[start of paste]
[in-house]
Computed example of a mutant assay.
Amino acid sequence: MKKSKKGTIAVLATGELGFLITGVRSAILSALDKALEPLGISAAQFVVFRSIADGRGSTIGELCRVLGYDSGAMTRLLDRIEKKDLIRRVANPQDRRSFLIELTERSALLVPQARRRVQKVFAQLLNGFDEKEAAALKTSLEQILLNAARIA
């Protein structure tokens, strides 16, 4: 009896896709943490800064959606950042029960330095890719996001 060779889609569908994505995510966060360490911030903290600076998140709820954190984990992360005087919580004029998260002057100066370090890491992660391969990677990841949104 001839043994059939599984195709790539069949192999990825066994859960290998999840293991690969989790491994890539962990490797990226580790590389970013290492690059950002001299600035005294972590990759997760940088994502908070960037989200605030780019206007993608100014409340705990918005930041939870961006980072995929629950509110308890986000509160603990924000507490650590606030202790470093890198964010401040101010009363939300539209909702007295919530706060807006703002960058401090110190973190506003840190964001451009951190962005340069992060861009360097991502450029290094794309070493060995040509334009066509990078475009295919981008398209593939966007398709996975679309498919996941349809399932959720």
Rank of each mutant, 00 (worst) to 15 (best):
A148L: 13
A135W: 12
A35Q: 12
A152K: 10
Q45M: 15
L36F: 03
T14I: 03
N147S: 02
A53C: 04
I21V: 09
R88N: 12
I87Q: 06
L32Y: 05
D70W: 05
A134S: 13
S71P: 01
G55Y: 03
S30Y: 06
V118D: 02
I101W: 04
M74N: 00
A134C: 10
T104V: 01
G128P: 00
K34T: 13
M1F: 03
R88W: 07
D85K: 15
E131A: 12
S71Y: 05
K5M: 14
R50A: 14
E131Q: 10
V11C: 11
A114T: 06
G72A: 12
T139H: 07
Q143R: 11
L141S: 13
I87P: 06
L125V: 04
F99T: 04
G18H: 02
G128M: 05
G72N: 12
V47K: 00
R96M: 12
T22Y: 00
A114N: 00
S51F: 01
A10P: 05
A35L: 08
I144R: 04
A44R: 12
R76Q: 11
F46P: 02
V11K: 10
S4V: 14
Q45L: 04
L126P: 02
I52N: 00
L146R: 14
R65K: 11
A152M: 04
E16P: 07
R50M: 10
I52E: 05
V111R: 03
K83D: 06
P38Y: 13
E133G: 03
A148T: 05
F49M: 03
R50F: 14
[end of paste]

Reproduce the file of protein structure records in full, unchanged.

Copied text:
[in-house]
Computed example of a mutant assay.
Amino acid sequence: MKKSKKGTIAVLATGELGFLITGVRSAILSALDKALEPLGISAAQFVVFRSIADGRGSTIGELCRVLGYDSGAMTRLLDRIEKKDLIRRVANPQDRRSFLIELTERSALLVPQARRRVQKVFAQLLNGFDEKEAAALKTSLEQILLNAARIA
């Protein structure tokens, strides 16, 4: 009896896709943490800064959606950042029960330095890719996001 060779889609569908994505995510966060360490911030903290600076998140709820954190984990992360005087919580004029998260002057100066370090890491992660391969990677990841949104 001839043994059939599984195709790539069949192999990825066994859960290998999840293991690969989790491994890539962990490797990226580790590389970013290492690059950002001299600035005294972590990759997760940088994502908070960037989200605030780019206007993608100014409340705990918005930041939870961006980072995929629950509110308890986000509160603990924000507490650590606030202790470093890198964010401040101010009363939300539209909702007295919530706060807006703002960058401090110190973190506003840190964001451009951190962005340069992060861009360097991502450029290094794309070493060995040509334009066509990078475009295919981008398209593939966007398709996975679309498919996941349809399932959720």
Rank of each mutant, 00 (worst) to 15 (best):
A148L: 13
A135W: 12
A35Q: 12
A152K: 10
Q45M: 15
L36F: 03
T14I: 03
N147S: 02
A53C: 04
I21V: 09
R88N: 12
I87Q: 06
L32Y: 05
D70W: 05
A134S: 13
S71P: 01
G55Y: 03
S30Y: 06
V118D: 02
I101W: 04
M74N: 00
A134C: 10
T104V: 01
G128P: 00
K34T: 13
M1F: 03
R88W: 07
D85K: 15
E131A: 12
S71Y: 05
K5M: 14
R50A: 14
E131Q: 10
V11C: 11
A114T: 06
G72A: 12
T139H: 07
Q143R: 11
L141S: 13
I87P: 06
L125V: 04
F99T: 04
G18H: 02
G128M: 05
G72N: 12
V47K: 00
R96M: 12
T22Y: 00
A114N: 00
S51F: 01
A10P: 05
A35L: 08
I144R: 04
A44R: 12
R76Q: 11
F46P: 02
V11K: 10
S4V: 14
Q45L: 04
L126P: 02
I52N: 00
L146R: 14
R65K: 11
A152M: 04
E16P: 07
R50M: 10
I52E: 05
V111R: 03
K83D: 06
P38Y: 13
E133G: 03
A148T: 05
F49M: 03
R50F: 14